In an effort to assist homeowners who are rebuilding homes in the wake of the superstorm, Supervisor Kate Murray has sponsored local legislation that provides financial relief. Specifically, the town has waived Building Department permit fees for "in-kind" Sandy-related reconstruction. What's more, the town has done away with the requirement for a building variance for those who are elevating homes to meet FEMA flood-height standards. Additionally, mobile Building Department offices are visiting neighborhoods so residents in the heavily impacted areas do not have to travel to Town Hall. Finally, permit fees for temporary housing trailers and storage pods are waived for Sandy victims.
Chief economist, Long Island Association
Superstorm Sandy made Long Islanders keenly aware of their vulnerability to natural disasters. It has forced Long Island to attempt to "harden" its public infrastructure, including its sewage plants, roads and electrical distribution systems. Gas stations in key locations will be required to have emergency generators. Homeowners who elevate their homes in flood zones or rebuild outside of flood zones will reduce future storm consequences. Unfortunately, some small businesses affected by the storm will not reopen. Homeowners who cannot rebuild may leave Long Island, taking their purchasing power elsewhere.
On the positive side, destruction of so many homes and businesses may create an urgency to proceed with the higher-density, mixed-use developments already on the drawing boards. Plans for such developments around the Farmingdale, Wyandanch and Ronkonkoma LIRR stations call for a variety of housing types interspersed with commercial, scientific and entertainment uses. Buses along north-south roads would serve these developments, enabling workers to reach their jobs entirely by public transportation. These developments would provide much-needed affordable rental housing and generate the residential and commercial densities needed to support public transit. In short, superstorm Sandy may finally put Long Island on the path to more sustainable land-use patterns.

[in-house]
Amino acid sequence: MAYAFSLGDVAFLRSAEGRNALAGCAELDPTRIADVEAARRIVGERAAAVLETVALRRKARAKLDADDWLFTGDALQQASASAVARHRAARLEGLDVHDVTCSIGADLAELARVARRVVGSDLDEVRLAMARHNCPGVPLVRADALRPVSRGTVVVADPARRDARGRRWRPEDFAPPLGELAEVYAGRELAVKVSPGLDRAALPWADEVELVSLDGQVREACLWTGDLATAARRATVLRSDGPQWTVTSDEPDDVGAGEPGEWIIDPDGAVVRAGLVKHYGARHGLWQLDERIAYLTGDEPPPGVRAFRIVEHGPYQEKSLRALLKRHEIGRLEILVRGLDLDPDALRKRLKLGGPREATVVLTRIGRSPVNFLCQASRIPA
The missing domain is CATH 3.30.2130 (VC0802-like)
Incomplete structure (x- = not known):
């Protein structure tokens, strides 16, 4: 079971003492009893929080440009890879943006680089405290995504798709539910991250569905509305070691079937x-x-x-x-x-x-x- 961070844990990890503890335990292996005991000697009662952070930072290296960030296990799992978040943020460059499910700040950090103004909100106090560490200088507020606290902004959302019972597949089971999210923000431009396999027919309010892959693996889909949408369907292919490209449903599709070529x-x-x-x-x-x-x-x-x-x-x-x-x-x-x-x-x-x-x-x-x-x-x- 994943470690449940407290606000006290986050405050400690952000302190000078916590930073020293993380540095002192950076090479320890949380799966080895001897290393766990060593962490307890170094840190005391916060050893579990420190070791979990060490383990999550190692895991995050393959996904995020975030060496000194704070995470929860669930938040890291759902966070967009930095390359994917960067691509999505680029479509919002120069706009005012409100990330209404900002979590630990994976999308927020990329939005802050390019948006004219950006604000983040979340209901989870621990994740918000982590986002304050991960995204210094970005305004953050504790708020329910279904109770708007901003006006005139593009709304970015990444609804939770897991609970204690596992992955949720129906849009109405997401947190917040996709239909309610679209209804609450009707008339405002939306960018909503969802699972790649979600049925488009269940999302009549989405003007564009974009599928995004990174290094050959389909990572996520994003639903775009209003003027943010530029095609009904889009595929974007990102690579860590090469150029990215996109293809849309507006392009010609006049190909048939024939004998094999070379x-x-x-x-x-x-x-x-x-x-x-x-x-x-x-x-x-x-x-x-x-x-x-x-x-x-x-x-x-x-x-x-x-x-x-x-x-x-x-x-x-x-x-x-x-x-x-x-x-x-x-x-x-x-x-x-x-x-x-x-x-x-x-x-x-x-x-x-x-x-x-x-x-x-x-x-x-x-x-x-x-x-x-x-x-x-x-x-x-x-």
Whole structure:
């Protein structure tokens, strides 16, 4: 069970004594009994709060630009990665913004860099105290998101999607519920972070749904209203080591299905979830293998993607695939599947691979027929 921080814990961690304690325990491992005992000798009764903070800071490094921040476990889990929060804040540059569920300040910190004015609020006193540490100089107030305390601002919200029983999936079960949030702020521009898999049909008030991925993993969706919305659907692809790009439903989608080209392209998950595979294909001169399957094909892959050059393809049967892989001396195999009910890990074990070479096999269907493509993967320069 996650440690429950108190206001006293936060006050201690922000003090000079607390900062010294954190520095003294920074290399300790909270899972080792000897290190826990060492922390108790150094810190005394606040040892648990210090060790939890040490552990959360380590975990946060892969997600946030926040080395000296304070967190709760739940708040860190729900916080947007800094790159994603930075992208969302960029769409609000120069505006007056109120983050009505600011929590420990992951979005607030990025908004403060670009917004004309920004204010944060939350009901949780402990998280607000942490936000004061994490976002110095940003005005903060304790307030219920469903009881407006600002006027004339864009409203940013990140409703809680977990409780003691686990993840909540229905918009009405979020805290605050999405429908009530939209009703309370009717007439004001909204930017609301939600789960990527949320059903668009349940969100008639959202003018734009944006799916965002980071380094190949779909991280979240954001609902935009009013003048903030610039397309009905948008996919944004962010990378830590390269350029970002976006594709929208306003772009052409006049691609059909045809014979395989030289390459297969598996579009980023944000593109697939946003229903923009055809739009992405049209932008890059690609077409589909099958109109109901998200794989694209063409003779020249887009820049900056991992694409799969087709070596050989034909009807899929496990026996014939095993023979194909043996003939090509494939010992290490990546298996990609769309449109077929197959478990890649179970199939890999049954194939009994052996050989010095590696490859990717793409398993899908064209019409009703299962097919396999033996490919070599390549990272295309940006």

Executive director, Stony Brook University Center for Regional Policy Studies
In my judgment and experience, Sandy will not change Long Island's future any more than the 1938 and subsequent damaging storms have. For change to occur, policies of allowing residences to be built in a flood plain would have to change. The irresistible desire to live at the coastal edge is a political force that up to now has enabled those with destroyed properties to rebuild. Even the current difficulty to obtain affordable insurance has not been an effective deterrent.
After a less deadly hurricane in the 1960s, I recommended that Suffolk County condemn all the dwellings on Fire Island and develop a 30-mile continuous park. I was immediately labeled by the residents, fans and local civic leaders of "The Great South Beach" as "The enemy of the people."
As I look to the future, I know there will be more storms, more damage and more reconstruction. Building codes will be strengthened. People will continue to inhabit the coastal plain. Long Island will endure.
President and chief executive, Long Island Association
Six months ago, superstorm Sandy led to epic destruction and disruption to our critical infrastructure, such as our roads and rail, utilities, wastewater treatment facilities and housing supply while also inflicting serious harm to small businesses. No storm of this size has ever hit a region as densely populated as ours.
We learned some valuable lessons. A post-Sandy Long Island needs to rebuild its infrastructure stronger and smarter. We must harden our systems and enhance our capacity to respond and better withstand severe weather. Investments in our infrastructure and our barrier beaches will not only strengthen our economy but may indeed save lives when future storms hit our region.